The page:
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Earl Lemongrab
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Re: Bond Fund vs. Stable Value

Post by Earl Lemongrab » Fri Feb 02, 2018 11:26 am

Phineas J. Whoopee wrote:
Thu Feb 01, 2018 7:18 pm
Earl Lemongrab wrote:
Thu Feb 01, 2018 12:32 am
Phineas J. Whoopee wrote:
Wed Jan 31, 2018 9:21 pm
Please don't fall into the trap of thinking Stable Value Funds are devoid of risks.
While not totally risk-free they are very close. Few problems have ever occurred.
I suggest investors not conflate verb tenses.

OP: if you have questions about the risks of stable value funds, please ask. Many of us would be happy to explain.
What else do we have to go on? We know the structure of the various forms, and we see how that structure has been tested in the past. No one can predict the future of course. But this is not a case of predicting return, but safety. That's a different task and one that's quite reasonable to use past results to analyze.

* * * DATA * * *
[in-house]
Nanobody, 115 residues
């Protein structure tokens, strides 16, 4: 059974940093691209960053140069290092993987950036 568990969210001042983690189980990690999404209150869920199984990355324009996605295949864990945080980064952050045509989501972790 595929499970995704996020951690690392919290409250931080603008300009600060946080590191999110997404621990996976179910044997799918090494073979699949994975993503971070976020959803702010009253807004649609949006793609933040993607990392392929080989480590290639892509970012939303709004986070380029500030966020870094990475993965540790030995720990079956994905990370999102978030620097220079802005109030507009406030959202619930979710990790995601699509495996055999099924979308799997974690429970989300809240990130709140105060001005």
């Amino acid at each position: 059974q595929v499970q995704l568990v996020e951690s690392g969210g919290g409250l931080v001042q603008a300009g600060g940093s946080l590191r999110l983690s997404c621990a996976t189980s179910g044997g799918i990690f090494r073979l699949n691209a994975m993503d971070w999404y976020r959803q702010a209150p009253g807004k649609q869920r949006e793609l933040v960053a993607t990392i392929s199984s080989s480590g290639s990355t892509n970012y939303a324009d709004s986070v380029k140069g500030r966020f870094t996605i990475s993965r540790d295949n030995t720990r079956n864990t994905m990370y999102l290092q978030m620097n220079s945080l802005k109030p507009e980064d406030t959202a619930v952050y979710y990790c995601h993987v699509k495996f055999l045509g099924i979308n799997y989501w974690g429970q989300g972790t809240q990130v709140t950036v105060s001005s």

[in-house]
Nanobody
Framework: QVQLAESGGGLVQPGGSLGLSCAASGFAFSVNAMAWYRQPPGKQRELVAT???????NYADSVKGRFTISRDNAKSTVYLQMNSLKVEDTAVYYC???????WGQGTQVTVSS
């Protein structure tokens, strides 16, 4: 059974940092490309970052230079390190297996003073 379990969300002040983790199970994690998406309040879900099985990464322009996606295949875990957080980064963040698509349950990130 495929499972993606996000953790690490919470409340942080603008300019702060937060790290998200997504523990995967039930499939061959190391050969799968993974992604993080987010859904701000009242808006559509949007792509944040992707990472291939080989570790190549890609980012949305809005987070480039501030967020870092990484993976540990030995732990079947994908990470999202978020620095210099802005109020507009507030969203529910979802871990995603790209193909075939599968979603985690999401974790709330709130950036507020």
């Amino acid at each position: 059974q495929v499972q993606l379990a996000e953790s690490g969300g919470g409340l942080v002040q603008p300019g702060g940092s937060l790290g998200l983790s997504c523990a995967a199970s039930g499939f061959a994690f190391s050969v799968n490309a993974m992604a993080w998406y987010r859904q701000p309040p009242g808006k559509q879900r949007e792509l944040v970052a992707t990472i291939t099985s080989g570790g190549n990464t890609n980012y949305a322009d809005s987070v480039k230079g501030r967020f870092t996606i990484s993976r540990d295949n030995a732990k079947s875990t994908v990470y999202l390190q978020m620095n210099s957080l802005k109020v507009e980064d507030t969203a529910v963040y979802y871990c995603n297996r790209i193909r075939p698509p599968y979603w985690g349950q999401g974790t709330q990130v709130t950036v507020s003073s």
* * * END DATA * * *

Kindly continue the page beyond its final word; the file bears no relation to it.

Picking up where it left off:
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rterickson
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Re: Bond Fund vs. Stable Value

Post by rterickson » Fri Feb 02, 2018 4:07 pm

Earl Lemongrab wrote:
Wed Jan 31, 2018 7:14 pm
What is the net rate on the stable-value? I use 50/50 at Megacorp, because their fund is decent.
Mine (MassMutual/Hartford) is 4%.

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dodecahedron
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Re: Bond Fund vs. Stable Value

Post by dodecahedron » Fri Feb 02, 2018 4:34 pm

Earl Lemongrab wrote:
Fri Feb 02, 2018 11:26 am
Phineas J. Whoopee wrote:
Thu Feb 01, 2018 7:18 pm
Earl Lemongrab wrote:
Thu Feb 01, 2018 12:32 am
Phineas J. Whoopee wrote:
Wed Jan 31, 2018 9:21 pm
Please don't fall into the trap of thinking Stable Value Funds are devoid of risks.
While not totally risk-free they are very close. Few problems have ever occurred.
I suggest investors not conflate verb tenses.

OP: if you have questions about the risks of stable value funds, please ask. Many of us would be happy to explain.
What else do we have to go on? We know the structure of the various forms, and we see how that structure has been tested in the past. No one can predict the future of course. But this is not a case of predicting return, but safety. That's a different task and one that's quite reasonable to use past results to analyze.